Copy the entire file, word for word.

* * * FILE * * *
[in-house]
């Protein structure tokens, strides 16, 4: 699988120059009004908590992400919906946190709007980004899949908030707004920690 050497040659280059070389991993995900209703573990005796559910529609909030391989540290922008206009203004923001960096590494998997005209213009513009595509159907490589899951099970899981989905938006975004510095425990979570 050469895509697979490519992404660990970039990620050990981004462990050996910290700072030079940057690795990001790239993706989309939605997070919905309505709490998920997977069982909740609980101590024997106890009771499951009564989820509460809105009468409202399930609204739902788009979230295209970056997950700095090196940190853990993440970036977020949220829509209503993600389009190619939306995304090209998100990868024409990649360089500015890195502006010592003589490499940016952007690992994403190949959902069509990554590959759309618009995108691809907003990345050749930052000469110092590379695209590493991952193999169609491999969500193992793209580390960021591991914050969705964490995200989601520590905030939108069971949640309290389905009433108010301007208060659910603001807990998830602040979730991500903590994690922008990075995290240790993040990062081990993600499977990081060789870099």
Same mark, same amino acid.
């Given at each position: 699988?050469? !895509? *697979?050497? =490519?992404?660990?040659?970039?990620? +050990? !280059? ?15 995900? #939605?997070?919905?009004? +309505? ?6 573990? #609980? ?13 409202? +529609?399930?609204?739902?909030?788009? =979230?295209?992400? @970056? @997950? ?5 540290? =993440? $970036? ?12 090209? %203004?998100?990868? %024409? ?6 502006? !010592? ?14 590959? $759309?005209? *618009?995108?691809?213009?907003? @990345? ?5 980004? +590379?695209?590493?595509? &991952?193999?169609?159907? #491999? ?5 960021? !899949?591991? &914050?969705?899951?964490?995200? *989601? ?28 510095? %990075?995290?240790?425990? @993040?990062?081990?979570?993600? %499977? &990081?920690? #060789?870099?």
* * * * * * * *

[in-house]
């Protein structure tokens, strides 16, 4: 699988120059009004908590992400919906946190709007980004899949908030707004920690 050497040659280059070389991993995900209703573990005796559910529609909030391989540290922008206009203004923001960096590494998997005209213009513009595509159907490589899951099970899981989905938006975004510095425990979570 050469895509697979490519992404660990970039990620050990981004462990050996910290700072030079940057690795990001790239993706989309939605997070919905309505709490998920997977069982909740609980101590024997106890009771499951009564989820509460809105009468409202399930609204739902788009979230295209970056997950700095090196940190853990993440970036977020949220829509209503993600389009190619939306995304090209998100990868024409990649360089500015890195502006010592003589490499940016952007690992994403190949959902069509990554590959759309618009995108691809907003990345050749930052000469110092590379695209590493991952193999169609491999969500193992793209580390960021591991914050969705964490995200989601520590905030939108069971949640309290389905009433108010301007208060659910603001807990998830602040979730991500903590994690922008990075995290240790993040990062081990993600499977990081060789870099």
Same mark, same amino acid.
């Given at each position: 699988?050469? !895509? *697979?050497? =490519?992404?660990?040659?970039?990620? +050990? !280059? ?15 995900? #939605?997070?919905?009004? +309505? ?6 573990? #609980? ?13 409202? +529609?399930?609204?739902?909030?788009? =979230?295209?992400? @970056? @997950? ?5 540290? =993440? $970036? ?12 090209? %203004?998100?990868? %024409? ?6 502006? !010592? ?14 590959? $759309?005209? *618009?995108?691809?213009?907003? @990345? ?5 980004? +590379?695209?590493?595509? &991952?193999?169609?159907? #491999? ?5 960021? !899949?591991? &914050?969705?899951?964490?995200? *989601? ?28 510095? %990075?995290?240790?425990? @993040?990062?081990?979570?993600? %499977? &990081?920690? #060789?870099?």